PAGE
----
Never stab them into your food facing up. It can *sometimes* be considered as okay when you're at home with family as a joke but stabbing your chopsticks facing up can be seen as insulting. For most Buddhists, rice is like an offering to the deceased so stabbing your chopsticks faced up is like insulting an alter (When someone dies, rice/food is offered to the deceased in a bowl) it is also considered as insulting to the place/venue/home you are in, like saying "Your offering is s***" so yeah, don't do that.
Never cross your chopsticks over bowl/plate/table/bento box etc... Crossing your chopsticks (like a cross X etc) is similar to the reason above and also if you can avoid crossing them whilst eating too, that's also awesome (Westerners can get away with crossing chopsticks whilst using them due to lack of experience using them). Always try and keep them together/straight.
Don't lance your food. You know that annoying WOWCHER advert on British TV (which I yell at all the time because the woman stabs the food with one chopstick because she can't use them? (gasp for air) Chopsticks are always used together, its very unity like in other words. Stabbing your food is considered bad manners, you'll find people tend to only do that in Japanese culture when they are extremely annoyed to express their rage whilst eating.
Kanzashi and Chopsticks are two different things so don't put chopsticks in your hair! Kanzashi are decorated sticks that go in your hair (you know like geisha, maiko etc?) they look like chopsticks but they aren't. In Japan, that's like putting a fork in your hair instead of a hair clip. I admit I have done this before but usually only whilst I am in a cooking emergency and need my hair tied back and have nothing else to tie my hair back with.
If you get some Hashi-oki "箸置き"/chopstick rests, use them. Its like a tiny little flat table you place your chopsticks on. If you do not have them, it is fine to place your chopsticks over your food bowl as long as they are together and not crossed.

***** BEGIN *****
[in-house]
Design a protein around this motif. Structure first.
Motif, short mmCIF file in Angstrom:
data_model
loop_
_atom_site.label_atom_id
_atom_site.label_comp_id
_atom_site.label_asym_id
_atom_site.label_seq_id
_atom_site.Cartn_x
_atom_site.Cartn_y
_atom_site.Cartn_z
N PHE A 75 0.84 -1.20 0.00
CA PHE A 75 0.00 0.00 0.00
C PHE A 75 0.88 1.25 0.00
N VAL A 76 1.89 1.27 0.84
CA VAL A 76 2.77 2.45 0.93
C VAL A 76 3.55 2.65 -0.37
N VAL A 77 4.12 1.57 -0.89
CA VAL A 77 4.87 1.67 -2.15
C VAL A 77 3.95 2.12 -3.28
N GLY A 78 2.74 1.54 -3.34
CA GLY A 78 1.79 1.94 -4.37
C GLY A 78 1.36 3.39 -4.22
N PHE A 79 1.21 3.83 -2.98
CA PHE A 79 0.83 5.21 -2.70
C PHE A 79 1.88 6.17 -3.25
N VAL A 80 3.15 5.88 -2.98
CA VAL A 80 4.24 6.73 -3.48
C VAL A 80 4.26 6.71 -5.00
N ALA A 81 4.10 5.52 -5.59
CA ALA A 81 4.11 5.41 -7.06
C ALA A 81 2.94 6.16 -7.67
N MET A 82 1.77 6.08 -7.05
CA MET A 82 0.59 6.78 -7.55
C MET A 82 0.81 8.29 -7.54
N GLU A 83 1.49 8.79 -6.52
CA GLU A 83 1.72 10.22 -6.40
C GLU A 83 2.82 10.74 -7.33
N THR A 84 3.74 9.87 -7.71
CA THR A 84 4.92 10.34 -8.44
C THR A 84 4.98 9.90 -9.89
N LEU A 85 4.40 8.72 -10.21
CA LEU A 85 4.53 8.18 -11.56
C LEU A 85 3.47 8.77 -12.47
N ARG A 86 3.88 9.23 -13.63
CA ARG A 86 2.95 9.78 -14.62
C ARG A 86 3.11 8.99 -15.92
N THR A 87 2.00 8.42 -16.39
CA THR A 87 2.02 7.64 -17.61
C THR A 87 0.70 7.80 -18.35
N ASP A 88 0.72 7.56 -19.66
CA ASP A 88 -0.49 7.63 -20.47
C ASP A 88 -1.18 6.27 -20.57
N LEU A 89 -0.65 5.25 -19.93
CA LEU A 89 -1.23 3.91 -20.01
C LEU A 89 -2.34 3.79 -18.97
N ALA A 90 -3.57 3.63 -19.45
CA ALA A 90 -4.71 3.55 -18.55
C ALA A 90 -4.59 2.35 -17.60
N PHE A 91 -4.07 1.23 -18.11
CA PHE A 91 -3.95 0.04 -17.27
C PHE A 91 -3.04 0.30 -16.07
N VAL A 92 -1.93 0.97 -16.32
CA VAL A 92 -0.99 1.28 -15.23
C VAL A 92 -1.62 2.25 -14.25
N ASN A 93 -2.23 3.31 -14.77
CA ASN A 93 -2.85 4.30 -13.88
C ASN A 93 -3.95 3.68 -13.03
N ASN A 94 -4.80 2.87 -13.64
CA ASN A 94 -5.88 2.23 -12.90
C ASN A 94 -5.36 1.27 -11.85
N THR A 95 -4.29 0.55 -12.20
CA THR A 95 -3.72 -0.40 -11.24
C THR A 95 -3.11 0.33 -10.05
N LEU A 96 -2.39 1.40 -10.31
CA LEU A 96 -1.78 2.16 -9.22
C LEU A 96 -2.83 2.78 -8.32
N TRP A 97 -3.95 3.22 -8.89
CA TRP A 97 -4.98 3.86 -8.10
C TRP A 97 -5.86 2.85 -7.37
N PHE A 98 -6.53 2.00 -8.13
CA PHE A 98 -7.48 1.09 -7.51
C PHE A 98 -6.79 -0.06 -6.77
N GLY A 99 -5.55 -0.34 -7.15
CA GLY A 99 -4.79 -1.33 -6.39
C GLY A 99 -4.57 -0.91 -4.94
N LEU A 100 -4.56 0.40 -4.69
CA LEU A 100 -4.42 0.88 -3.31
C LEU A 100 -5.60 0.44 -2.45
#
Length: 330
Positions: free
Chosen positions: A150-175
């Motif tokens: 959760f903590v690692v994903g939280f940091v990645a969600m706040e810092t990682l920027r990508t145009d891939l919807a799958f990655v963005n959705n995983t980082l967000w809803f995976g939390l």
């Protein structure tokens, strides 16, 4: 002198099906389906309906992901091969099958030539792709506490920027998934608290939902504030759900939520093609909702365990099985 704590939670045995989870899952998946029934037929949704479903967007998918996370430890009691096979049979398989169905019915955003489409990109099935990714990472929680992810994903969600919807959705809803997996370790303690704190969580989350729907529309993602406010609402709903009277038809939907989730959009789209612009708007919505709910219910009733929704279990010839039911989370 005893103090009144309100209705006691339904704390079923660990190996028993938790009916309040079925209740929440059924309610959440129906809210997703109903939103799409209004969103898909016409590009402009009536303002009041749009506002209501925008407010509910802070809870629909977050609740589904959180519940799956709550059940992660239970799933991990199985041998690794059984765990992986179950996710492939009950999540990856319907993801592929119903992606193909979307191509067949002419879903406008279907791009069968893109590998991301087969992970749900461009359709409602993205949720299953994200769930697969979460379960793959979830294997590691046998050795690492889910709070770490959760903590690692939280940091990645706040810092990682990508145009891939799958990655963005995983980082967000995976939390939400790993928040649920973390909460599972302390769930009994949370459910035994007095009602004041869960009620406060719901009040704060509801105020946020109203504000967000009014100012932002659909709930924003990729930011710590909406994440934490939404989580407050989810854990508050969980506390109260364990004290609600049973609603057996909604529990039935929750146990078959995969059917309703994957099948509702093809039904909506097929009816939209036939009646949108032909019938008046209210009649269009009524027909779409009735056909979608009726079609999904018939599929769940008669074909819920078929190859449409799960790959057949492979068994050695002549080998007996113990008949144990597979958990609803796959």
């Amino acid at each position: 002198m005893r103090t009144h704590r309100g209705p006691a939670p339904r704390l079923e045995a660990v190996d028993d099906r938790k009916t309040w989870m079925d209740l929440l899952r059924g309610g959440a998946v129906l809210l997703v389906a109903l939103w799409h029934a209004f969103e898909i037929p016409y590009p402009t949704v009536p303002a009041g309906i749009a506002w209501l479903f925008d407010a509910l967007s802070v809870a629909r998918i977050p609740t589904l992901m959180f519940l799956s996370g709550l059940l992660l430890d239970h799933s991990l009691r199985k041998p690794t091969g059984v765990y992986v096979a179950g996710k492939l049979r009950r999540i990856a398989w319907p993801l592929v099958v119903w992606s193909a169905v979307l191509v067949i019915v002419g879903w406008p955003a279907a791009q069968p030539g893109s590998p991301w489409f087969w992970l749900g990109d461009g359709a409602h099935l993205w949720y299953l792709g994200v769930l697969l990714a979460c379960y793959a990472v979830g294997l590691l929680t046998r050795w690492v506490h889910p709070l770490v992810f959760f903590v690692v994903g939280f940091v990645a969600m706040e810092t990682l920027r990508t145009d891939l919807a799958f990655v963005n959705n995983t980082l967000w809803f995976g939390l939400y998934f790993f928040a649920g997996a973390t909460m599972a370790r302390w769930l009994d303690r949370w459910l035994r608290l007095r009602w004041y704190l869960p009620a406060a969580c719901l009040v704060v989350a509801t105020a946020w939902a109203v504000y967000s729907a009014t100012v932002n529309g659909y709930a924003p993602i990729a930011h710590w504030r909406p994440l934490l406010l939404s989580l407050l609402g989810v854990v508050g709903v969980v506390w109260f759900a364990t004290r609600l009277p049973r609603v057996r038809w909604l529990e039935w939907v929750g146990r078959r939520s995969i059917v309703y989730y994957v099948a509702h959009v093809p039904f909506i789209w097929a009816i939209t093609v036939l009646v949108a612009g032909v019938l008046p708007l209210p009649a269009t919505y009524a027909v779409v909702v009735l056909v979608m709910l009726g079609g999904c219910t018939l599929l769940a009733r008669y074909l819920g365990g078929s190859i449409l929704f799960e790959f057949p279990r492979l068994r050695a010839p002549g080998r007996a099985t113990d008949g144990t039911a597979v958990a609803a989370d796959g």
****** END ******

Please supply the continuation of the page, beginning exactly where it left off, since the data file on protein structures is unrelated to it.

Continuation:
BTW if you can't use chopsticks you can always ask if they have a training pair or if you can't use chopsticks to save your life do not be afraid of asking for a fork, they will always have that option available.
Shoveling your rice - Before you read this, this is what I have been told from a few Japanese friends, it is not evil, it is just considered bad manners. Now this is where I've had a hard time with Chinese culture at first. In Chinese culture it is common to use the chopstick like shovels for rice soup etc and spoon the food into your mouth, but in Japan culture no, just no. Each grain of rice is sacred, you are lucky to eat so you should respect your food. Japanese rice is different and is very sticky so it is easier to pick up in clumps or grain by grain, you only lift the bowl if you think you may drop some. Instead, lean over your bowl ever so slightly in case you drop something or bring the bowl to your chin. I had a hard time when I was briefly mocked by my boyfriend's parents (who are Chinese) for picking the rice up grain by grain when my bowl was near finished for another bowl, they did not mean to insult, but for me I was awkwardly embarrassed because I am not Chinese, obviously, and Japanese culture is a big influence on my life and has been for an extremely long time. However whenever I eat around his parents I tend to take a more Chinese outlook on eating.